It's a 'Kite' amid clouds

Rollout a tricky one for Vantage

Paramount Vantage might have safely moved the young stars of "The Kite Runner" to an anonymous location, but now the tricky part really begins: packaging a foreign-language movie with weighty themes and no stars as a mainstream release.

The DreamWorks production, being released through Paramount Vantage's Paramount Classics label, opens Friday in limited release before rolling out wider during the coming weeks. It poses one of the most fraught challenges of any movie this fall as a specialty division tries to turn what was an unlikely best-seller about friendship and ethnic strife in Central Asia into a big-screen blockbuster.

Hovering over it is a Vantage release from earlier in the year, "A Mighty Heart," which took on a similar part of the world deploying more obvious commercial elements (Angelina Jolie and a ubiquitous Mariane Pearl) but earned just $15 million at the boxoffice.

The result has turned "Kite" into a marketing anomaly, with Vantage taking a grassroots approach that has focused on things most major rollouts ignore.

The specialty division has thrown dozens of screenings both for book clubs and in the heartland (literally, in the case of the Heartland Film Festival in Indianapolis); has embraced an unusual publicity figure in Khaled Hosseini, who wrote the book on which the movie is based; and thrown fundraisers with Afghani expat groups.

And Vantage has embarked on this campaign with a dearth of TV spots and trailers. "The English-language portions of the film don't lends themselves to clips, and the Dari will put some people off, so word-of-mouth is all you have," said one executive with knowledge of the campaign.

Or as an executive at another studio said: "The only thing you can do with a movie like this is screen the hell out of it."

"Kite," which tells the story of a boy who flees Afghanistan with his father during the Soviet invasion and then returns there under the Taliban to right a wrong he visited on his childhood friend, became a best-seller in 2003 as interest in the Taliban was near its peak. The movie hews closely to the book, which sold more than 4 million copies, and Vantage is hoping that many of the novel's fans turn out to theaters.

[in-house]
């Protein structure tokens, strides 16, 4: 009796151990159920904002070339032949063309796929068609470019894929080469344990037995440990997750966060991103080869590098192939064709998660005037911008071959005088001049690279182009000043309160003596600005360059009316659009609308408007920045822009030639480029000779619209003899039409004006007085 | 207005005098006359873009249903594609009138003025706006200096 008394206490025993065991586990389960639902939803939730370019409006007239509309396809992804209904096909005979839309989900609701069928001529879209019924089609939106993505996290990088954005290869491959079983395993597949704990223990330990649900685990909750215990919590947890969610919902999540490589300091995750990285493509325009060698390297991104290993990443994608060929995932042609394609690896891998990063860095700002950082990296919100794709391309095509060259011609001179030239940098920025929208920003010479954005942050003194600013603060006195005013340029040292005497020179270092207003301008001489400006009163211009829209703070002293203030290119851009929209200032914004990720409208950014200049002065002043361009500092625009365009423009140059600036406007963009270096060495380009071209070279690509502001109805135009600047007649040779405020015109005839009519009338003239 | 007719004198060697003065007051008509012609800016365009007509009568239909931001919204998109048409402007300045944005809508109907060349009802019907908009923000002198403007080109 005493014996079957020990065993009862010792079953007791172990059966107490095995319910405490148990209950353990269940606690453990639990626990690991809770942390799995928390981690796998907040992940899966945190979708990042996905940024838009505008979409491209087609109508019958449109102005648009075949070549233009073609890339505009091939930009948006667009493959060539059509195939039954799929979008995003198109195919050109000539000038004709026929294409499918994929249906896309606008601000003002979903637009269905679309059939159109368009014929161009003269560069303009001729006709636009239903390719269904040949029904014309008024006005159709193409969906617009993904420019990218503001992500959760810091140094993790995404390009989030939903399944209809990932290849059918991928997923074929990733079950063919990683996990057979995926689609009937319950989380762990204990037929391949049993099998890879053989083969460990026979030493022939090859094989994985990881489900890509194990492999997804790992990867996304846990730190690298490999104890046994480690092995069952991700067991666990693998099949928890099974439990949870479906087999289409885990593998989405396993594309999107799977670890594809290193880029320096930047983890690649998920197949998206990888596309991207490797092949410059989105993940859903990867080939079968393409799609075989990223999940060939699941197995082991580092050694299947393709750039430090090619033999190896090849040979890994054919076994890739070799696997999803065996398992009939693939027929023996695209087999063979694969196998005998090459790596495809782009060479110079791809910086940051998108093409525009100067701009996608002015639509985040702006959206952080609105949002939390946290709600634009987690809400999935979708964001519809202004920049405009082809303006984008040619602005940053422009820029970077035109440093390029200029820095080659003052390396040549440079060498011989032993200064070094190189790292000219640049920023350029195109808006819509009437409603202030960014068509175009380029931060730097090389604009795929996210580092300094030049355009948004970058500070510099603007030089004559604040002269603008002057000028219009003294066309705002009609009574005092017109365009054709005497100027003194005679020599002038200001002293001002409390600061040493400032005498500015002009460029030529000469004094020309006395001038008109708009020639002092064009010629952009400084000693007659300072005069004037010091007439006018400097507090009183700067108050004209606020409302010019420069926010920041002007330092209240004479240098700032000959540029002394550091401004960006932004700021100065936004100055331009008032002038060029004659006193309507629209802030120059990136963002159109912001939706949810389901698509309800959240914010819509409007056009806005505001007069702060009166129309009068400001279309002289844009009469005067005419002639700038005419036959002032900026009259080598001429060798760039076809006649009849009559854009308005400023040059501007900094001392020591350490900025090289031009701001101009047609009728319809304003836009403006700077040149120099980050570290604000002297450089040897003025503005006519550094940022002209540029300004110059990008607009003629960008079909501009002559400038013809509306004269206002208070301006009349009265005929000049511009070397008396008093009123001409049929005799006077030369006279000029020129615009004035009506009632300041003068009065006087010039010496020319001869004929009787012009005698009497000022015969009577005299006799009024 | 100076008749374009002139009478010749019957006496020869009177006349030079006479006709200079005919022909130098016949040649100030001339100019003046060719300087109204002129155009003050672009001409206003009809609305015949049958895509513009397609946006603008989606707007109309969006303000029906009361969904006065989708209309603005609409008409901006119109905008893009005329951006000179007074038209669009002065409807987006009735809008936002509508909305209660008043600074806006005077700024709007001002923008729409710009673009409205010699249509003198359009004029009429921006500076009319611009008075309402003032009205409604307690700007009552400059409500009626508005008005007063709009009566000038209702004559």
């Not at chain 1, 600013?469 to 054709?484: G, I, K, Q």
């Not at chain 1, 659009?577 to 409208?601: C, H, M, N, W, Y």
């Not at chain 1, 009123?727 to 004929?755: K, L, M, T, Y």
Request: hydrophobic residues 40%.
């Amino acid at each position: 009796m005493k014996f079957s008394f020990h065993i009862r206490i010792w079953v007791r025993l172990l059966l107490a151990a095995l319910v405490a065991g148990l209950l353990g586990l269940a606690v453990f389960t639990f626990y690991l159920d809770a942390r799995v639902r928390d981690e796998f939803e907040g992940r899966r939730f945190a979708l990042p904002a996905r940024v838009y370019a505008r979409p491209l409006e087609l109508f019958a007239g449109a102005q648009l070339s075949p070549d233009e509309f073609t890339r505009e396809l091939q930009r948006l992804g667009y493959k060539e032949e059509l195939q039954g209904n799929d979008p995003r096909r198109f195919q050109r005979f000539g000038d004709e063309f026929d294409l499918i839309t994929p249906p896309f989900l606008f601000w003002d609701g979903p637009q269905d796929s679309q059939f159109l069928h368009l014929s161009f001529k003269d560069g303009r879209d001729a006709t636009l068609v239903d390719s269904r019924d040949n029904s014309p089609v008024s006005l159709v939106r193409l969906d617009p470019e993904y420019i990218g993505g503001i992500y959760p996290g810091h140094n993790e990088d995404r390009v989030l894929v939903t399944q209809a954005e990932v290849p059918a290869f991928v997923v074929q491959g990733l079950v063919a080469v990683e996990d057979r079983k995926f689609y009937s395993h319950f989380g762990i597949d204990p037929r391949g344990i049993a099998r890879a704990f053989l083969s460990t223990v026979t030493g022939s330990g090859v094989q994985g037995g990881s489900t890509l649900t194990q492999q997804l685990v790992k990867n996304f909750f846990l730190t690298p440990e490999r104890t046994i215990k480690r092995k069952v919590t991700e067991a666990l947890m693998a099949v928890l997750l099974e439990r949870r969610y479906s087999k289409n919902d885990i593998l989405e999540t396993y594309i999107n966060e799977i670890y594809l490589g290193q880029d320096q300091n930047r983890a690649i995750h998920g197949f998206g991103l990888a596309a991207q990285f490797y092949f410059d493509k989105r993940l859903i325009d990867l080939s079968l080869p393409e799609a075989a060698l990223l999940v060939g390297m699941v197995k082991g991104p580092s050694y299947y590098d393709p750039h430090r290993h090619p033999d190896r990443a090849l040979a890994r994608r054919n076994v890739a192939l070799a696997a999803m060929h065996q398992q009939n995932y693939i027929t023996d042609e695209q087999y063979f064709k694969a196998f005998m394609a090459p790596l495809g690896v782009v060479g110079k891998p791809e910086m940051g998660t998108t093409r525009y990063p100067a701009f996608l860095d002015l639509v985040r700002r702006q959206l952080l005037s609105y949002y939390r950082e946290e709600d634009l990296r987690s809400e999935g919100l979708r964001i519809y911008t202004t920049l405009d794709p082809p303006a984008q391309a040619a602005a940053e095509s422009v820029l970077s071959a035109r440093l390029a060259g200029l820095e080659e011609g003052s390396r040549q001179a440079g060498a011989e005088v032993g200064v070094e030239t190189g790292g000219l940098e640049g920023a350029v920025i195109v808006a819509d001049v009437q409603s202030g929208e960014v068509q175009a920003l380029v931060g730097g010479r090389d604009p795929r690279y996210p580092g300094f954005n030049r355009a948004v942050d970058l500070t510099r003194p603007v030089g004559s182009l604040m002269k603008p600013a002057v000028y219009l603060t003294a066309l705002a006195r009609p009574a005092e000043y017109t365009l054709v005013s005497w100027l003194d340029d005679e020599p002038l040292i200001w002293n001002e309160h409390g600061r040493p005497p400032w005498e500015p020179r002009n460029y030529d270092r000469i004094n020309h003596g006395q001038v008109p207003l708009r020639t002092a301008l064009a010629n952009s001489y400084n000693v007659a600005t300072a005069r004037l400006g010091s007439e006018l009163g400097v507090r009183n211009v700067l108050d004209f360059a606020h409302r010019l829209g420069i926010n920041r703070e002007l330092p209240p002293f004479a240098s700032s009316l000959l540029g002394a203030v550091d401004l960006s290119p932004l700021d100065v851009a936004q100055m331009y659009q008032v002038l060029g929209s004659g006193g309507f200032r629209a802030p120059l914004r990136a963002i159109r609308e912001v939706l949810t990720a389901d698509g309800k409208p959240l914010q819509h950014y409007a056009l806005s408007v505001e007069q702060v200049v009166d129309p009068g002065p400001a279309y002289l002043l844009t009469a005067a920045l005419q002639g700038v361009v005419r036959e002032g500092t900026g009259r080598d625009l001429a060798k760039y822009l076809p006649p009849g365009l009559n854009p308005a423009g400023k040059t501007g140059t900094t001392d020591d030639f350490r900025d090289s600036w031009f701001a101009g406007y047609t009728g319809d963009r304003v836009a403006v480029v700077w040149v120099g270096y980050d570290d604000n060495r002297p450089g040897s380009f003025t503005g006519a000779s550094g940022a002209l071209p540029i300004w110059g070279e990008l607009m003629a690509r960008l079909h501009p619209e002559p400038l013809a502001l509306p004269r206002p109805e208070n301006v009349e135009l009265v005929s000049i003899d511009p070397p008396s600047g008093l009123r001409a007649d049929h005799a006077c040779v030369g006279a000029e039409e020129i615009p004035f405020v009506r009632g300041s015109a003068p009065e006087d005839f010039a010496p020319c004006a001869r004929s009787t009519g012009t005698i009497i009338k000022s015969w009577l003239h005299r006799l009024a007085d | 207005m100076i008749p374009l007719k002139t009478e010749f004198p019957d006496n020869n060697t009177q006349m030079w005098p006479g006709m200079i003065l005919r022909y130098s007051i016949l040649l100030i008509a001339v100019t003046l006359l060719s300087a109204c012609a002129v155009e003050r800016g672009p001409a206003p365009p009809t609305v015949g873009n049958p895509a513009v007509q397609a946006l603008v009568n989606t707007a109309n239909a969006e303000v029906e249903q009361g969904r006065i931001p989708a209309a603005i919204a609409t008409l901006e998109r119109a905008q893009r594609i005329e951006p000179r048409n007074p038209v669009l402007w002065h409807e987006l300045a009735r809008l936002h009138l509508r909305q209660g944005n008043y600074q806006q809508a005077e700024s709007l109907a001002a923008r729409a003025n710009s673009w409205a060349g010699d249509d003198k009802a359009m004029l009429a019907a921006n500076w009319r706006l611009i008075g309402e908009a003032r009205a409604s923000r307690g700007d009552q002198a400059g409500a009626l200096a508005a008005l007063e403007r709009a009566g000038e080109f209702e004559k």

In a way, Vantage was put in this position because of circumstances beyond its control. Eager to avoid the wide release of "Mighty Heart," the company planned a slow burn for the Marc Forster picture, with "Kite Runner" slotted for an early November opening and then carefully rolling out through year's end.

But concerns developed that four of the movie's young Afghani stars could find themselves in danger from the surrounding community because of sexually suggestive elements in the film's plot line. So the company pushed the release back six weeks to move the boys out of Afghanistan and set them up with new lives in an unnamed location in the United Arab Emirates.

The result was to put "Kite" into a crowded and awards-crazed December. (The company declined comment for this report.)

The goal of the screenings — and of the domestic release strategy generally — is to avoid the stain of controversy and instead sell "Kite Runner" as an uplifting film, a feat that would have been difficult even before child-safety stories were splashed in the New York Times but became doubly tricky once they were.

The strategy abroad has been almost as complex, with the company trying a move that some studios, having seen its stars put in danger, might not have attempted: a major unveiling in the Arab world. The movie will play the Dubai International Film Festival that begins this weekend.

The international release then will unspool in a way more similar to how the movie originally was supposed to play in the U.S. "Kite" will open in several European and Asian countries nearly every week in January and February, culminating in a release in a Middle Eastern country, Turkey, at the end of February. (Out of safety concerns, Vantage will not release the movie in Afghanistan, though it's thought that pirated copies could end up in that country.)

While "Kite" is an $18 million bet that has formidable awards hopes — likely because of Vantage's awards-season success with "Babel" last year — it also is one with several production partners, which diversifies the risk. Participant and Sidney Kimmel joined DreamWorks on the project.

Vantage hired a Washington consultant to handle any fallout from issue of how it handled its child actors, and one of the film's producers, Bennett Walsh, has gone to Dubai in a bid for international goodwill.

The bid for goodwill among moviegoers could be equally tricky.

Borys Kit and Carly Mayberry contributed to this report.